Without Masks:
Contemporary Afro-Cuban Art

Without Masks:
Contemporary Afro-Cuban Art

Museum of Anthropology at The University of British Columbia

Juan Carlos Alom, Sin Palabras (Without Words), 2008.
Digital print laminated on PVC, edition 1 of 3.
May 1, 2014
Without Masks:Contemporary Afro-Cuban Art

May 2–November 2, 2014

Opening: Friday, May 2, 7–9pm

Museum of Anthropology
University of British Columbia
6393 NW Marine Drive
Vancouver, BC


The Museum of Anthropology (MOA) at UBC opens a window into the lives and struggles of Cubans of African descent in its new exhibition Without Masks: Contemporary Afro-Cuban Art on display from May 2 to November 2. This remarkable exhibition has assembled a diverse group of Cuban contemporary artists devoted to two fascinating themes: on the one hand, an insight into contemporary Afro-Cuban cultural and religious traditions and, on the other, an intense dialogue on the complex racial issues affecting the country today.

Orlando Hernández, formerly of the Museo Nacional de Bellas Artes in Havana, curated Without Masks following his own rigorous criteria. Focusing beyond aesthetic, the exhibit favours originality and the profoundness of the works’ sociological, historical, anthropological, religious, ethical and political messages.

“There is a very strong African tradition in Cuba. We inherited many religious practices from Africa—Palo Monte, Santeria, Ifá, Abakuá—and there are a lot of Cubans of direct or mixed African descent,” says Hernández. “In Without Masks we seek to make new and deeper studies of those cultural, aesthetic, symbolic, and religious legacies that we share and take for granted, without forgetting that we have received them from black sub-Saharan Africa.”

For Without Masks, Hernández has curated a powerful collection of artworks representing a cross-section of Afro-Cuban artists—from the internationally renowned to street and folk artists. The exhibition features 31 artists showing a total of 85 works spanning a range of media, including painting on canvas and wood, watercolour, drawing, printing (xylography, silk-screen, calligraphy), collage, patchwork, installation, soft-sculpture, photography, video-installation and video art.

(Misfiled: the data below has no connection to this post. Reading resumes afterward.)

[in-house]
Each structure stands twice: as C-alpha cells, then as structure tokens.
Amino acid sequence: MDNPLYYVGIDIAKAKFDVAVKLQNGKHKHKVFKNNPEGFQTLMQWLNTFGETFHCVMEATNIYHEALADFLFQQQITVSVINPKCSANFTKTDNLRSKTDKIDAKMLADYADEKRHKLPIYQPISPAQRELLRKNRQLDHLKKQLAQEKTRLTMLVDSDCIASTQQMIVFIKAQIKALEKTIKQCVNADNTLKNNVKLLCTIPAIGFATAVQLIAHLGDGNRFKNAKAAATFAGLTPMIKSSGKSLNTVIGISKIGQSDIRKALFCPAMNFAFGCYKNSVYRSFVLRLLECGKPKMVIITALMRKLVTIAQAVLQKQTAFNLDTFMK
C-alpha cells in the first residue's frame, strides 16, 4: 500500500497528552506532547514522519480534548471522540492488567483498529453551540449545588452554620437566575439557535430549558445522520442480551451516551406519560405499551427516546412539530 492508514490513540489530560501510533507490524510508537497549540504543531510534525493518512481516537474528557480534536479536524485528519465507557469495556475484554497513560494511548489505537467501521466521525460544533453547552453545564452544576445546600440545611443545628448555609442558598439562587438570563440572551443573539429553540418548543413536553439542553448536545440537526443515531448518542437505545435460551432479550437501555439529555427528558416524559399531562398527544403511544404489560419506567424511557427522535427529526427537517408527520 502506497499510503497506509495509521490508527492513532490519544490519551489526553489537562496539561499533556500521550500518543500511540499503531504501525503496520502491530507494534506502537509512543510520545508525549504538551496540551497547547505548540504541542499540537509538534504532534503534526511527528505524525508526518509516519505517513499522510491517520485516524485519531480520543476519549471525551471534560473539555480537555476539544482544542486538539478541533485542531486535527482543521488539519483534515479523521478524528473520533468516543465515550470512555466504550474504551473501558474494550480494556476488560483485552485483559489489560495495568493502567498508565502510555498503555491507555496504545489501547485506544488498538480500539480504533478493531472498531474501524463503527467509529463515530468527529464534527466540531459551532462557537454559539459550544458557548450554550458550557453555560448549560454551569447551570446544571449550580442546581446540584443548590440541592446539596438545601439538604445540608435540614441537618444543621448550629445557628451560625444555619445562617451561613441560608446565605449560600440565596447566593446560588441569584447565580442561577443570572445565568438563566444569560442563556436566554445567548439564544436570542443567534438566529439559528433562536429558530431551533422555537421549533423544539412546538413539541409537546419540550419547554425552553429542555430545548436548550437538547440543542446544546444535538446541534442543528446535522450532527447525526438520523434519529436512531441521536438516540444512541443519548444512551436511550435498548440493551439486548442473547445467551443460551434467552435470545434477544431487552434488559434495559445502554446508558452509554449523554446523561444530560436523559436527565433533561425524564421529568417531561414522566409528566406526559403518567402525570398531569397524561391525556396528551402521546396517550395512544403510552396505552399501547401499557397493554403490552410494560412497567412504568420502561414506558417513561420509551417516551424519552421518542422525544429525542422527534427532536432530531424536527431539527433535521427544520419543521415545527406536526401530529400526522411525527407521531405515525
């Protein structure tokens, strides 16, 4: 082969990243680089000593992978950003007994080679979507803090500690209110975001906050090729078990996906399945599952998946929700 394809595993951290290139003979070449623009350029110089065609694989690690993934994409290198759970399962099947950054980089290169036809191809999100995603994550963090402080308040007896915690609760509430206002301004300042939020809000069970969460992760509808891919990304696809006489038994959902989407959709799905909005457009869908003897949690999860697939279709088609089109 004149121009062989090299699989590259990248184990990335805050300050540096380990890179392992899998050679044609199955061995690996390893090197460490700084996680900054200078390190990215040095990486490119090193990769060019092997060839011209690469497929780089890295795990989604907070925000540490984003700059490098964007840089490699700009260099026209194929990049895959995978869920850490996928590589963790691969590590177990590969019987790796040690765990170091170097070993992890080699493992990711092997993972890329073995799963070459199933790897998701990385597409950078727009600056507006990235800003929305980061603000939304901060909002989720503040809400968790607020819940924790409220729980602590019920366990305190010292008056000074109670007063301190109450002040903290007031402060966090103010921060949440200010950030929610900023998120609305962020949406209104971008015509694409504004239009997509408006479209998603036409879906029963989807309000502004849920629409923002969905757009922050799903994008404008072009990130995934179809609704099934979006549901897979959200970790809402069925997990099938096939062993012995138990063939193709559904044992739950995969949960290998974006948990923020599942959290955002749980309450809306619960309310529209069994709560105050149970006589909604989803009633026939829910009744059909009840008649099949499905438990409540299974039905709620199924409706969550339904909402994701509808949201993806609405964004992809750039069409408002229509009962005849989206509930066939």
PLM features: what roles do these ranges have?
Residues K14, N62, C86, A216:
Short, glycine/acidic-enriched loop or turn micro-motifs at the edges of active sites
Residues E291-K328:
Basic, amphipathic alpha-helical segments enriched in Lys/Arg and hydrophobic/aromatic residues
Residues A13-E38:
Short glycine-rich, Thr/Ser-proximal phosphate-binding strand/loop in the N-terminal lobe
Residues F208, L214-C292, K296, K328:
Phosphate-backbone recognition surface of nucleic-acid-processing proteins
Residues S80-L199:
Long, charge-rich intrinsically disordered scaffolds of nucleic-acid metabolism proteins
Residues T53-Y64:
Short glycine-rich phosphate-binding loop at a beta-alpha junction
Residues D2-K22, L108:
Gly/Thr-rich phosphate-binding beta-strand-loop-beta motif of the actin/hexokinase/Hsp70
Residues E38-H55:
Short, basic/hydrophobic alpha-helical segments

All the works in the exhibition are drawn from the von Christierson Collection. Chris and Marina von Christierson, themselves South African, first visited Cuba in 2007 and were drawn to the country and its art. During this visit they met Orlando Hernández and established a collaboration with him to develop a collection of Afro-Cuban art that would show the multiple imprints of Africa in Cuba’s artistic culture. The collection was first exhibited at the Johannesburg Art Gallery in 2010 during the FIFA World Cup. A major catalogue featuring the collection is available in the MOA Shop. The collection is held by the family’s Watch Hill Foundation, a not-for-profit charitable organization.


MOA public programs
Opening reception: Friday, May 2, 7–9pm
Join us for a public reception in celebration of the opening of Without Masks.

Artists talk: Saturday, May 3, 1–4pm
Vancouver resident Cuban artist Manuel Piña joins Without Masks featured artists Marta María Pérez Bravo and Alexis Esquivel Bermúdez for a conversation on contemporary Afro-Cuban art. 

Curator tour: Sunday, May 4, 1–3pm
Curator Orlando Hernández will lead a tour of the exhibition followed by a discussion with Chris von Christierson about the partnership that led to the establishment of the Collection.   

Artists talk: Tuesday, May 6, 7–9pm
Join artists from Without Masks as they present their different artistic practices.


About MOA
The Museum of Anthropology (MOA) at the University of British Columbia (UBC) is world-renowned for its collections, research, teaching, public programs, and community connections. Founded in 1949 in the basement of the Main Library at UBC, its mission is to inspire understanding of and respect for world arts and cultures. Today, Canada’s largest teaching museum is located in a spectacular building overlooking mountains and sea. MOA houses more than 42,000 ethnographic objects and 535,000 archaeological objects, including many, which originate from the Northwest Coast of British Columbia. 



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Museum of Anthropology at The University of British Columbia
May 1, 2014

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